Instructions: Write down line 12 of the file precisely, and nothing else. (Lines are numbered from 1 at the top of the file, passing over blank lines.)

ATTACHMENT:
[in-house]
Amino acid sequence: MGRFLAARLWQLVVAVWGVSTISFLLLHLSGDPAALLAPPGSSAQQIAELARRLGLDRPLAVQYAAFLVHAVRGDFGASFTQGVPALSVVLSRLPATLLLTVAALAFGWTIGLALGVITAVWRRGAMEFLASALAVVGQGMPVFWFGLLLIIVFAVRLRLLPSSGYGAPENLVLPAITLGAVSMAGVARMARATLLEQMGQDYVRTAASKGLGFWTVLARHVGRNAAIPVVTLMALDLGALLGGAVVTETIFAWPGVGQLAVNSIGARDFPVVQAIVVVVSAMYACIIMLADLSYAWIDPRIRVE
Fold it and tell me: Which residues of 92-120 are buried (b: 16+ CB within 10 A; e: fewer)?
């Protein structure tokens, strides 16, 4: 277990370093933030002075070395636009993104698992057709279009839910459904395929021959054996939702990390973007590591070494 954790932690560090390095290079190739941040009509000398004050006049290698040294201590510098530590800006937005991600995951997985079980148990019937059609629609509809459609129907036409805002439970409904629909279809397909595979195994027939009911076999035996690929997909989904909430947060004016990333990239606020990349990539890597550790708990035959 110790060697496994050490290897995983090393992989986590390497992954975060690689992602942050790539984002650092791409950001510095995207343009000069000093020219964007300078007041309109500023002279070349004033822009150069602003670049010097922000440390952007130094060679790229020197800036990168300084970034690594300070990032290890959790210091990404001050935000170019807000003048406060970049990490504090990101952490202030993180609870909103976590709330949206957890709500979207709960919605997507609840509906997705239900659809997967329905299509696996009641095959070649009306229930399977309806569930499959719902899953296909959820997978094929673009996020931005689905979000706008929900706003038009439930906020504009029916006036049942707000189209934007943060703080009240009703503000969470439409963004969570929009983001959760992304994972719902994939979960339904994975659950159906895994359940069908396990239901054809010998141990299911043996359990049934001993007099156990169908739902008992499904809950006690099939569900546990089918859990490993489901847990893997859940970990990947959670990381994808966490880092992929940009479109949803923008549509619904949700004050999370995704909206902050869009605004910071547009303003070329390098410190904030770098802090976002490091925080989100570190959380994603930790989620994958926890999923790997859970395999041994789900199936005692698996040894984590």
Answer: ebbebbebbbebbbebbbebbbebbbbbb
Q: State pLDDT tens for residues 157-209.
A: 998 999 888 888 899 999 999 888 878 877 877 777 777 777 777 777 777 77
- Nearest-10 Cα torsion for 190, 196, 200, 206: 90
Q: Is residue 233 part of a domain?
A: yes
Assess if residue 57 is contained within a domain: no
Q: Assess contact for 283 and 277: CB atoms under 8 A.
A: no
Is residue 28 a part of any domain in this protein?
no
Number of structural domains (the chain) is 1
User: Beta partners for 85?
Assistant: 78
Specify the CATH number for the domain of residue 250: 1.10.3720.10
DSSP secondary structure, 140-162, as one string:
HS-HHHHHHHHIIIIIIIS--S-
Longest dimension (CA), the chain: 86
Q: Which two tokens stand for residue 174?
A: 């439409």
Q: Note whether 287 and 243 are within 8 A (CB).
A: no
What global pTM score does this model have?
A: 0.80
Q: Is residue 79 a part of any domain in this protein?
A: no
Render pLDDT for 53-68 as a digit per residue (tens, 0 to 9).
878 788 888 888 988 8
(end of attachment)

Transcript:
Q: Assess contact for 283 and 277: CB atoms under 8 A.